Family leave policies found unclear

By ABBY BIESMAN

News & Features Editor

Since Hopkins currently does not have a clear family leave policy for postdoctoral fellows and graduate students, many are struggling to find a way to balance work and family after having a child. The issue of family leave has gained momentum around the country, and internally, the Hopkins administration is trying to accommodate students.

Graduate students and postdoctoral fellows are not Hopkins employees in the traditional sense because they are often not paid by the University directly, but rather by external funding sources.

As a result, they are not automatically granted certain benefits, including maternity leave.

“If a student is being paid through a grant that their advisor or principal investigator has from the National Science Foundation, then they’re required to be granted maternity leave,” sociology graduate student Allison Young said.

However, if they are not paid through federal grants, Young explained, then the policies can vary in each case because there are no University-wide guidelines.

The only option for students not given maternity leave is to take an unpaid leave of absence, during which they do not retain University health insurance.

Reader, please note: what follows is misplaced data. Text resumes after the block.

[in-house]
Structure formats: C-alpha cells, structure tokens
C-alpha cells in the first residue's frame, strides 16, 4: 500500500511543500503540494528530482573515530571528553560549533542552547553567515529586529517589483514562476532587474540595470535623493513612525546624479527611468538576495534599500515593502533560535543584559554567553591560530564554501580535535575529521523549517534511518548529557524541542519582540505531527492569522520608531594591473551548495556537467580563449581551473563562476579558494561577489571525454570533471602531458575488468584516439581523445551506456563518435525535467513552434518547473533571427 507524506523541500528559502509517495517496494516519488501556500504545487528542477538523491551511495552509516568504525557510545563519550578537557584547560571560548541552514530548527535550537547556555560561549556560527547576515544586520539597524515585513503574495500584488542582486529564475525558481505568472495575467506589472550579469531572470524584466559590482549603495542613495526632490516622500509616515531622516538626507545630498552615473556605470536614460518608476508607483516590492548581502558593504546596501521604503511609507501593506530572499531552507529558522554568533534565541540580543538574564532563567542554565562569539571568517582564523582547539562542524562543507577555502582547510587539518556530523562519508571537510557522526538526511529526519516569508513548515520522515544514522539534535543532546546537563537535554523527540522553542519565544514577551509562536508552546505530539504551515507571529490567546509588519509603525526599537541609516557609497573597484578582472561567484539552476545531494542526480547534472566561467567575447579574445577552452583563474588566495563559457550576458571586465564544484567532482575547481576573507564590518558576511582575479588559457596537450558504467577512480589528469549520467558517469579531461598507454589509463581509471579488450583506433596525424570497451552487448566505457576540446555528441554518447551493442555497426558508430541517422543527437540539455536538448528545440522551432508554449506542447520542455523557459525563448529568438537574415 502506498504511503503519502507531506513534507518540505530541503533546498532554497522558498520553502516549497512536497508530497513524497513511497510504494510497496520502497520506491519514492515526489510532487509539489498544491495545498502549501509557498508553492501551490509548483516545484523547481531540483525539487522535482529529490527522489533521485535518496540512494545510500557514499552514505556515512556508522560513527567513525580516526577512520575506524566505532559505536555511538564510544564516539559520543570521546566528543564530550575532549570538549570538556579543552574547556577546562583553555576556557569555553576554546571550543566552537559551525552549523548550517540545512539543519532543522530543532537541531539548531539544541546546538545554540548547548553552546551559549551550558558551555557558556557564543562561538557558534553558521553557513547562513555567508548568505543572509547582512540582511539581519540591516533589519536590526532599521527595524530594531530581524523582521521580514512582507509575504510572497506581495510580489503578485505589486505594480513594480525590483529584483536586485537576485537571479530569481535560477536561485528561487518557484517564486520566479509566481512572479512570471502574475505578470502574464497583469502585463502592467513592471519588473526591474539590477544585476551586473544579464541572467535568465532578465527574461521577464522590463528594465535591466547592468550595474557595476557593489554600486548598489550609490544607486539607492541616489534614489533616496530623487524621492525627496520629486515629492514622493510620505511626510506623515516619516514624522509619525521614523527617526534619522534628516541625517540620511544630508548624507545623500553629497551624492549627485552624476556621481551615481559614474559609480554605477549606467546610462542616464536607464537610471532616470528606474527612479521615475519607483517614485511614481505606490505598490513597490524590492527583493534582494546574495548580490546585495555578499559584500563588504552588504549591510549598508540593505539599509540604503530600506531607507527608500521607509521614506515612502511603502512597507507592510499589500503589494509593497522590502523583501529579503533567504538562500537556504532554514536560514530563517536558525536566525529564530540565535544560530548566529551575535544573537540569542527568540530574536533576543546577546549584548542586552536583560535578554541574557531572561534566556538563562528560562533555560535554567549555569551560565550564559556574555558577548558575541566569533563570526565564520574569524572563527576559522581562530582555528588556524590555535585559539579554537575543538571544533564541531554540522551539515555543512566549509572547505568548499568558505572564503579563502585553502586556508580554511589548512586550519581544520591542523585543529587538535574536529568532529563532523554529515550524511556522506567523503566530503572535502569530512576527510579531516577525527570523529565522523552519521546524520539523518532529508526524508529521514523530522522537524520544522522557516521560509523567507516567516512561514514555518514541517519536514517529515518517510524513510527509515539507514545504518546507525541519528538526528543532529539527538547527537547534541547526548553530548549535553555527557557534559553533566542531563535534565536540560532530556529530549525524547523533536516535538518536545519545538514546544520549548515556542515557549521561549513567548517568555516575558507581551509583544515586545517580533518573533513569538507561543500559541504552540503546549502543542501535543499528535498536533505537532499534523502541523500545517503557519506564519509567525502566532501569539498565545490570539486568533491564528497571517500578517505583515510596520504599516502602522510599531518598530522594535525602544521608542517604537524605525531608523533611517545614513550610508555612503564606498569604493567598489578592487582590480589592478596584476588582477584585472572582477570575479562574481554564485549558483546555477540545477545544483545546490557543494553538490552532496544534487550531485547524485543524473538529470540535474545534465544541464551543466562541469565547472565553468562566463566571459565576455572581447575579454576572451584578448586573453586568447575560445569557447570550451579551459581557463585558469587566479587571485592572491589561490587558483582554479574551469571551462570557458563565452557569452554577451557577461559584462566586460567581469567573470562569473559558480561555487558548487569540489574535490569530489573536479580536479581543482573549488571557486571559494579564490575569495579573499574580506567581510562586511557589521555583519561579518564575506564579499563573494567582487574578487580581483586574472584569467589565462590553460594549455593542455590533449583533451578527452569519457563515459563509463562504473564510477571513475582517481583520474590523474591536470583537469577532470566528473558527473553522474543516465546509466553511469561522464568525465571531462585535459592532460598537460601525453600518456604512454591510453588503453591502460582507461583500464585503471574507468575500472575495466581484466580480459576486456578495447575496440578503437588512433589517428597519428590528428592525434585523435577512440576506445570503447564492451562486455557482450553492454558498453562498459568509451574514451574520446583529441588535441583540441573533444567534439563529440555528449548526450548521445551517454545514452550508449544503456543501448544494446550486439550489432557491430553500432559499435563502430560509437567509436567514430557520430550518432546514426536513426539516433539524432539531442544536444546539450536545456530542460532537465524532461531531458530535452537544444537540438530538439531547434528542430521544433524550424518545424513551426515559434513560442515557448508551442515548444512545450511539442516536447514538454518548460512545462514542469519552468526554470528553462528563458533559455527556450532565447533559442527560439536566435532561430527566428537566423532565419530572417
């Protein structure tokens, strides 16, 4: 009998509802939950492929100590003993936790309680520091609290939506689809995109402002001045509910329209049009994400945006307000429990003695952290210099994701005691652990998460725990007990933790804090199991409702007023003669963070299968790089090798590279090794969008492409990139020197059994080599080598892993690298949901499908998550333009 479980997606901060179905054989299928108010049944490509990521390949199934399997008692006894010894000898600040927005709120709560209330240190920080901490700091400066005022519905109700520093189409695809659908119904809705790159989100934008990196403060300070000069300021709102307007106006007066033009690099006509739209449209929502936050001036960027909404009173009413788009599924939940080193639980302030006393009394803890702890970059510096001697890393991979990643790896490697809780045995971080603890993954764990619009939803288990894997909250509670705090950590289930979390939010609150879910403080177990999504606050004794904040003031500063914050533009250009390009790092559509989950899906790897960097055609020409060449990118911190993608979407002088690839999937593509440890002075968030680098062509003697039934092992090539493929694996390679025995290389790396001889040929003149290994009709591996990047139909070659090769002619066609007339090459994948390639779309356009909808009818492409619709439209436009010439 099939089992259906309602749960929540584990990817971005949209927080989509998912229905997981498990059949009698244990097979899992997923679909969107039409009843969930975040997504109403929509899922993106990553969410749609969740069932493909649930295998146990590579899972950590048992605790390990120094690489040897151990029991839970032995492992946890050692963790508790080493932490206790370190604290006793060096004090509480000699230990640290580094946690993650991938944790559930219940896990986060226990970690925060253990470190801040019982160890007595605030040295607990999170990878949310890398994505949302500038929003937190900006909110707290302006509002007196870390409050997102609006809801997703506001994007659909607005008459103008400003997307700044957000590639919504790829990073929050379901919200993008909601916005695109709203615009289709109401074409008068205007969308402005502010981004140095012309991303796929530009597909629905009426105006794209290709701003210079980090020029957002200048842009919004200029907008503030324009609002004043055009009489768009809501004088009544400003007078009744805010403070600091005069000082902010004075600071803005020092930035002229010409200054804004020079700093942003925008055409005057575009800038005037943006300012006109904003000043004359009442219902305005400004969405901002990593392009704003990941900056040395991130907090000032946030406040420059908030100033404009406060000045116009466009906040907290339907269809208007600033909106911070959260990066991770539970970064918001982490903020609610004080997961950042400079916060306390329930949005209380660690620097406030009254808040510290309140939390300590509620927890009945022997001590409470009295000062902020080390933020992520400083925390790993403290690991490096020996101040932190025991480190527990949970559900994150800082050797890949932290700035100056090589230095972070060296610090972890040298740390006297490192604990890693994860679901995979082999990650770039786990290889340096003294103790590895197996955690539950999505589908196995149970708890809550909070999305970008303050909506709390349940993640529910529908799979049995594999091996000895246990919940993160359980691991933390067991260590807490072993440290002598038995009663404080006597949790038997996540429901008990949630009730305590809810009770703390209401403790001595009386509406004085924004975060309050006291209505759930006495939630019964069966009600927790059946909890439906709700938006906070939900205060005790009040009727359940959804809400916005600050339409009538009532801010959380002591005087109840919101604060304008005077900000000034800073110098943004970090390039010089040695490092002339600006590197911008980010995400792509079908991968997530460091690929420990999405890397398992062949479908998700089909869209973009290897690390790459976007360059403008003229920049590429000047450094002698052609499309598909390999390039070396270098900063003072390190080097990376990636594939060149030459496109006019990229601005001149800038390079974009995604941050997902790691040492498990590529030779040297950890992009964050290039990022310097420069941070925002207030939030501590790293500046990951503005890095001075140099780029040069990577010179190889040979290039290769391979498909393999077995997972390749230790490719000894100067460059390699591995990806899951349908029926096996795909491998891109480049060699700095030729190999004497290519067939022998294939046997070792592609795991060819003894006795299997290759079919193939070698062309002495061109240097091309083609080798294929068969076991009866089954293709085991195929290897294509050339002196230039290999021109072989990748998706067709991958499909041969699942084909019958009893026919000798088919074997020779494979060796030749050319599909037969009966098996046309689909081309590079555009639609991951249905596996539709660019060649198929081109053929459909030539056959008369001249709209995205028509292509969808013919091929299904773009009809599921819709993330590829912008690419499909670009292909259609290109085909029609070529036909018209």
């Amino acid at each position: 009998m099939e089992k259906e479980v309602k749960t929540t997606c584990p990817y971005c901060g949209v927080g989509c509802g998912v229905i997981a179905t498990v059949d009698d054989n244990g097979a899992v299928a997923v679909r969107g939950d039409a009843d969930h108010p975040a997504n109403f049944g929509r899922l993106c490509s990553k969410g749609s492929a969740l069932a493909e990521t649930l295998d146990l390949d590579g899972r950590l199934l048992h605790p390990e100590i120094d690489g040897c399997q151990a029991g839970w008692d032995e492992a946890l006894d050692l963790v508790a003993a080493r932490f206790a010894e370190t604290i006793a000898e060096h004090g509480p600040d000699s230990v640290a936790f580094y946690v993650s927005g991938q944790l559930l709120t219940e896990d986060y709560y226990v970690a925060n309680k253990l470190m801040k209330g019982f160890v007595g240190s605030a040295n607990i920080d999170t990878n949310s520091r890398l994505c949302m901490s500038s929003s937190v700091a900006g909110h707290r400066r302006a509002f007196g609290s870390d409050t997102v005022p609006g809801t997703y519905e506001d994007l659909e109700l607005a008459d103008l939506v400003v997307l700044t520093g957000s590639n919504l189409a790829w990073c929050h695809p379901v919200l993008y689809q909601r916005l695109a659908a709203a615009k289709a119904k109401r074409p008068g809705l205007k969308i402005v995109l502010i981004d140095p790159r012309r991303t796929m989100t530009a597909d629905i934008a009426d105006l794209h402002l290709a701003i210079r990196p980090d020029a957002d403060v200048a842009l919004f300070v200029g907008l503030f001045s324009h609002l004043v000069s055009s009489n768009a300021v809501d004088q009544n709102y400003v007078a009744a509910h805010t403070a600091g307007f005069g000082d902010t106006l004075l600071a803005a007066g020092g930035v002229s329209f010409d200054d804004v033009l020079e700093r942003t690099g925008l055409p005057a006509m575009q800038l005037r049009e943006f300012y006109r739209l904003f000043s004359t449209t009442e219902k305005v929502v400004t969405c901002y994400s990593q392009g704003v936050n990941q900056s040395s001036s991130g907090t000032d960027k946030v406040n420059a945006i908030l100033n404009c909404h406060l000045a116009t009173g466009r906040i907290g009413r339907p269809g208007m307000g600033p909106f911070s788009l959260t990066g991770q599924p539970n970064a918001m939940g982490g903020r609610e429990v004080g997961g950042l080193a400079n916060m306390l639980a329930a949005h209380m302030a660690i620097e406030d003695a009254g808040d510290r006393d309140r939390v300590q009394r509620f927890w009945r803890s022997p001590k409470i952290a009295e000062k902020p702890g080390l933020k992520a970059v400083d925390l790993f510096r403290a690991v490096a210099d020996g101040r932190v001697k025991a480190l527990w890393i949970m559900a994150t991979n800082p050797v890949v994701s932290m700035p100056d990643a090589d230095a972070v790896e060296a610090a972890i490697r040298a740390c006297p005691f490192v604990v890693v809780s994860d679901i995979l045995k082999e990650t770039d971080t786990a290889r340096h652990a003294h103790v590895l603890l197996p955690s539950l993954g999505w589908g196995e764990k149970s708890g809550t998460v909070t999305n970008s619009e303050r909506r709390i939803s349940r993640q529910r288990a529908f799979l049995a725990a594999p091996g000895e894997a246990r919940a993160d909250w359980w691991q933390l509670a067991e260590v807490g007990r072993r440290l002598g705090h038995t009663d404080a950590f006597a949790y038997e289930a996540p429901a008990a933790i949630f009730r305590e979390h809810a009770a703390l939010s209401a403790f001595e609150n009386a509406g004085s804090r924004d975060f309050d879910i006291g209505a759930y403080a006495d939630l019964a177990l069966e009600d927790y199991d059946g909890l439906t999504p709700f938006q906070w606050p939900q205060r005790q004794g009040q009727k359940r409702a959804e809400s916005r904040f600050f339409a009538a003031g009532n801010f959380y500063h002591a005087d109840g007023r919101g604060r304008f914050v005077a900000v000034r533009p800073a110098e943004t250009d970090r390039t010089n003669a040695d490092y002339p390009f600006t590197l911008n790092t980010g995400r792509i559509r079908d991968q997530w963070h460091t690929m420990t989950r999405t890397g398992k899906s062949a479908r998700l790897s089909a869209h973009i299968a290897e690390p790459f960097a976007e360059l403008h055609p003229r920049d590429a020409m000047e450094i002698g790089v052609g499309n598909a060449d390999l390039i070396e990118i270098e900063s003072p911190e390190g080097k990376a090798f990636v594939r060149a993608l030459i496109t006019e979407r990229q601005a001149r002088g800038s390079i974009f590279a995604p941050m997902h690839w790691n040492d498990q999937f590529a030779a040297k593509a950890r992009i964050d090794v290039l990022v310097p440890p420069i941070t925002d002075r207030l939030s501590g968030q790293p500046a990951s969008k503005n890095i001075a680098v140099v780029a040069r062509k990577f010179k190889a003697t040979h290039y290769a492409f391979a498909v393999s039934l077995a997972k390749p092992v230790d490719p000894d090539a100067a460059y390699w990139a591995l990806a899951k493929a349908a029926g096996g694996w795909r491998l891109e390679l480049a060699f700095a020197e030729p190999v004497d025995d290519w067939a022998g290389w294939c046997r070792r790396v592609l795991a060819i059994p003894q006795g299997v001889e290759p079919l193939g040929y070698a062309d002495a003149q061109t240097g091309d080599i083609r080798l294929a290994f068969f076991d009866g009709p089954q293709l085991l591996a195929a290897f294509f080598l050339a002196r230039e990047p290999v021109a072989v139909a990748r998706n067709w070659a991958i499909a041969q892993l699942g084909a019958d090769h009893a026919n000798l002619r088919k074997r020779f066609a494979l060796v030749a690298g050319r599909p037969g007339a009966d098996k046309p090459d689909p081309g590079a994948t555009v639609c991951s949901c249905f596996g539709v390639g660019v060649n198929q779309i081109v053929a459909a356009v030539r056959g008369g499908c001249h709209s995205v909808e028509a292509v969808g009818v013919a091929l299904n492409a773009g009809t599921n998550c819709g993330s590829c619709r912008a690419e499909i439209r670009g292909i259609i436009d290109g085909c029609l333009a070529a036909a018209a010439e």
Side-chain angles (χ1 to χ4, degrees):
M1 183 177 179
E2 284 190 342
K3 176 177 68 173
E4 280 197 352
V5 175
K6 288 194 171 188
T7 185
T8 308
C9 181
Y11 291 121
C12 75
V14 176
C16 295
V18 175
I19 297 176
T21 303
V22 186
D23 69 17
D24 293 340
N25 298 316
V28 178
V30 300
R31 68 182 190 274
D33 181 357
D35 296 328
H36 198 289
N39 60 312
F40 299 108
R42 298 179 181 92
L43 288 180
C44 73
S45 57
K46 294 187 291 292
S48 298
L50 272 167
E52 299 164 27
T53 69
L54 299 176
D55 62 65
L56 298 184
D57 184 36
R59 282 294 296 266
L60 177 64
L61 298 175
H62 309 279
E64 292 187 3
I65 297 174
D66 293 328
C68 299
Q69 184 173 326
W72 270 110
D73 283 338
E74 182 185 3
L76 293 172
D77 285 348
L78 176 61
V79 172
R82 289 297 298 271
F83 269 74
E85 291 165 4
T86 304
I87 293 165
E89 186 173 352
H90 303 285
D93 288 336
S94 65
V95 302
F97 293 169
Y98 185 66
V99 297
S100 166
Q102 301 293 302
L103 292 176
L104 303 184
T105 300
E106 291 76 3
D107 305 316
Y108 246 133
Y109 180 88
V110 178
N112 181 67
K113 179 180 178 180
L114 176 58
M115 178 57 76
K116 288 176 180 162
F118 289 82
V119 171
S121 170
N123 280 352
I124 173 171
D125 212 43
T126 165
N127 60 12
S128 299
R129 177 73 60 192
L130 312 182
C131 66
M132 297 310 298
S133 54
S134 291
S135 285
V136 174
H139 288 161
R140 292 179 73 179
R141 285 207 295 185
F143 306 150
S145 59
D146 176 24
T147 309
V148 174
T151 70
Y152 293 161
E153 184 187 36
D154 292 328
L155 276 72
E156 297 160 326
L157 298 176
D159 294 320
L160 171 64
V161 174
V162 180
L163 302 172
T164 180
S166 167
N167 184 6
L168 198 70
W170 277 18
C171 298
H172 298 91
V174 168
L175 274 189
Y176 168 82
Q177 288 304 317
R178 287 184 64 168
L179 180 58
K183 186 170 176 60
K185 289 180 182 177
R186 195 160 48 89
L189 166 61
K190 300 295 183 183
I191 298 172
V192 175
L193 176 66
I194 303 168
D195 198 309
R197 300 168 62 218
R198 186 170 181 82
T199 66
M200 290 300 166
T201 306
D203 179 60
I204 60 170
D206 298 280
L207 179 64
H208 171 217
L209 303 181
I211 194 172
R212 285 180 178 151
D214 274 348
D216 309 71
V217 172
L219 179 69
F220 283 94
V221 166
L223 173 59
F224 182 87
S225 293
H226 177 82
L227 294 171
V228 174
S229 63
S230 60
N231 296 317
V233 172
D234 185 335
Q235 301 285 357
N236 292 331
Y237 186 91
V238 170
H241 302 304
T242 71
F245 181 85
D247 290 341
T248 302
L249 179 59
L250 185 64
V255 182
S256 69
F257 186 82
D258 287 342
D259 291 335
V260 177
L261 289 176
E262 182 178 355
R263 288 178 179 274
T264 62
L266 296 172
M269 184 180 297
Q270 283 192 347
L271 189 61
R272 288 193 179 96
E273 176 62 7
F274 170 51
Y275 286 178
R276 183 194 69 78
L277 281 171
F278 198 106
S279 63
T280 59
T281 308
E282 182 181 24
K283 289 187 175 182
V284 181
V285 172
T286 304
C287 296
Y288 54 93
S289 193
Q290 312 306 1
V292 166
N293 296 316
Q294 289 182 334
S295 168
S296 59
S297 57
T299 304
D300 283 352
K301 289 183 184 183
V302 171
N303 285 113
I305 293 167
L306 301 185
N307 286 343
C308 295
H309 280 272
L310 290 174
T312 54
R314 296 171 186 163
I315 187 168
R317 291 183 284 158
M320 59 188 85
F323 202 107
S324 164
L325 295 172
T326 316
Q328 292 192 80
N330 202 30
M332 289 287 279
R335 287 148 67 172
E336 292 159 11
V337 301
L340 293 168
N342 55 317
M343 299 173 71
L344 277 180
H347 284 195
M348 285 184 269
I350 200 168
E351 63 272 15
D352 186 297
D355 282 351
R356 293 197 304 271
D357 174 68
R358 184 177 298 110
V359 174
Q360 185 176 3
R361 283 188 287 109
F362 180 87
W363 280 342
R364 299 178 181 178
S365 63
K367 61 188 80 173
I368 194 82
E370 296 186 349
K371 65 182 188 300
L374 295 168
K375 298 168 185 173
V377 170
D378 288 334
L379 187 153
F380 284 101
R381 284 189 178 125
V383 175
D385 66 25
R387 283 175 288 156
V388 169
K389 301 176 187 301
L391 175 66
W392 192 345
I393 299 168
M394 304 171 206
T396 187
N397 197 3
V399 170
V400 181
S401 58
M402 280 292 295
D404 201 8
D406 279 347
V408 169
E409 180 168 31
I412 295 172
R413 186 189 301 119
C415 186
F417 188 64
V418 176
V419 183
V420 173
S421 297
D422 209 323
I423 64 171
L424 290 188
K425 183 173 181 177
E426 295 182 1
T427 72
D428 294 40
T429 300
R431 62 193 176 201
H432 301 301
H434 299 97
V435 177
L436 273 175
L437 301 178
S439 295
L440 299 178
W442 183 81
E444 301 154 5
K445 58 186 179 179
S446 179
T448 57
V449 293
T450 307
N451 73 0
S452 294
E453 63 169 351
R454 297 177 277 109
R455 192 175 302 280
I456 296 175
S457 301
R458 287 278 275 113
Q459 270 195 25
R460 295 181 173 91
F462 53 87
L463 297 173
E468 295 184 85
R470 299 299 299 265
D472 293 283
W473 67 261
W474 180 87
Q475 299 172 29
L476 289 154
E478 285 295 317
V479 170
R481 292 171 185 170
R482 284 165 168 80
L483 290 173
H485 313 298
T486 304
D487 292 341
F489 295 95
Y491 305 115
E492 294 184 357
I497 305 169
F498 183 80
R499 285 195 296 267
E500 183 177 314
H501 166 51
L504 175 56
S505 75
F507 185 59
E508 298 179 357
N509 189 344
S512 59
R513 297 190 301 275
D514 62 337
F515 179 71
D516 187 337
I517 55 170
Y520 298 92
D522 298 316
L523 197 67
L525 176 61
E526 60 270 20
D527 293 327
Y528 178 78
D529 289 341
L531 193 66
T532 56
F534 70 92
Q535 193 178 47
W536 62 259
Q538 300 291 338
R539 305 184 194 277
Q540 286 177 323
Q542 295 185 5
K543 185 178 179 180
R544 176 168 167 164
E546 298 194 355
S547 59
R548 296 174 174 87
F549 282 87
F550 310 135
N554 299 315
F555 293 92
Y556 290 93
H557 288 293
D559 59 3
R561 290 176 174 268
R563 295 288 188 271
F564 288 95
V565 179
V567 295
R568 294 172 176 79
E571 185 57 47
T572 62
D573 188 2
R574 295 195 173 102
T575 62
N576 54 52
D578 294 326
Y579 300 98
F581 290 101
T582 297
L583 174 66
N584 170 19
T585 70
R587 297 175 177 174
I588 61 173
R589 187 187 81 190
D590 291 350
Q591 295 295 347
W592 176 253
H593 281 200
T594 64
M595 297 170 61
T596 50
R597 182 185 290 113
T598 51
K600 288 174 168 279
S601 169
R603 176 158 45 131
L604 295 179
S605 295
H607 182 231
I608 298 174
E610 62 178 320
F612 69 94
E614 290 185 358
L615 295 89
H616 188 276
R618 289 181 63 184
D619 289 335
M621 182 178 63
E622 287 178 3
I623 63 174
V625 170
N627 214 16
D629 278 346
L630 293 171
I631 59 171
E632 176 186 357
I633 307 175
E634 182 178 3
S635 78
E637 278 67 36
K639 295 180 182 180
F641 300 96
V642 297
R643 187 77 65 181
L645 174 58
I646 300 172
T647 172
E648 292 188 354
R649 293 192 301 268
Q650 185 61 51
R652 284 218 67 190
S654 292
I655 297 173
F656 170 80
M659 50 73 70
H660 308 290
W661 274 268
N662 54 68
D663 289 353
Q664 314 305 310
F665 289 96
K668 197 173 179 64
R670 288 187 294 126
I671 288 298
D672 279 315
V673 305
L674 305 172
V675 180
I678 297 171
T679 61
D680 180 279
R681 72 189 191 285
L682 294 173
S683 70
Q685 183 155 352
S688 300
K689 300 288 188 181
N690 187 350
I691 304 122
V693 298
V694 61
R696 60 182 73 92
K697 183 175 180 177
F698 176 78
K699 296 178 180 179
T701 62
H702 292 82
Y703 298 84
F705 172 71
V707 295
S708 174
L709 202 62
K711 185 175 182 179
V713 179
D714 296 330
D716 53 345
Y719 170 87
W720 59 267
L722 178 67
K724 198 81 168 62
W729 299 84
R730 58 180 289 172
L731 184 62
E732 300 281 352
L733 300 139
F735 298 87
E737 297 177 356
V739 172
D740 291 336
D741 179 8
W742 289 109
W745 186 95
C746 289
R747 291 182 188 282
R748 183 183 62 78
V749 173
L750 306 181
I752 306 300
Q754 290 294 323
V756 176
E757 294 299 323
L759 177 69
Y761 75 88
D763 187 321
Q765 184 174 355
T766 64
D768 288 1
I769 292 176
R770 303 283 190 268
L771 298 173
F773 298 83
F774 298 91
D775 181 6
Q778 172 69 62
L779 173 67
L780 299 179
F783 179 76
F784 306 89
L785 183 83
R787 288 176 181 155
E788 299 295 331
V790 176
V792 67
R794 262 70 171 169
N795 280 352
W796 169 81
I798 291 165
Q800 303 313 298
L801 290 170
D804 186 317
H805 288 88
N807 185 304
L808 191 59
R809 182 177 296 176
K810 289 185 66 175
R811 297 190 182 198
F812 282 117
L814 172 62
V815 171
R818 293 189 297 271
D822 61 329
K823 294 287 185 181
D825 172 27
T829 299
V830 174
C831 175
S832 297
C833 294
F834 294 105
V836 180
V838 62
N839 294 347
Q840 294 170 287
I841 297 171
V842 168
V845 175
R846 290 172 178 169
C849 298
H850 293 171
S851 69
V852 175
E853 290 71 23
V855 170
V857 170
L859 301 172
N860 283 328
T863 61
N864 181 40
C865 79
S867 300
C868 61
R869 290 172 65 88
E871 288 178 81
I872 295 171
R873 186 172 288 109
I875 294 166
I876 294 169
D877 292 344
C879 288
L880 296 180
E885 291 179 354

“We can’t actually do a formal leave of absence so that they can maintain pay,” Christine Kavanagh, director for Graduate Academic Affairs in the Whiting School of Engineering, said.

For full-time students, University stipends and outside grants are the main source of income, and there is a restriction on the hours per week a student can work outside Hopkins.

Graduate student and mother Elizabeth Talbert commented on the struggle for graduate students

to take family leave at Hopkins.

“The current lack of policy just makes me very concerned about the general culture surrounding family and academia, especially for graduate students,” Talbert wrote in an email to The News-Letter.

Talbert said she has seen people try to hide the fact that they might have a child, or avoid bringing it up with an advisor to prevent accusations of not being devoted enough to one’s studies.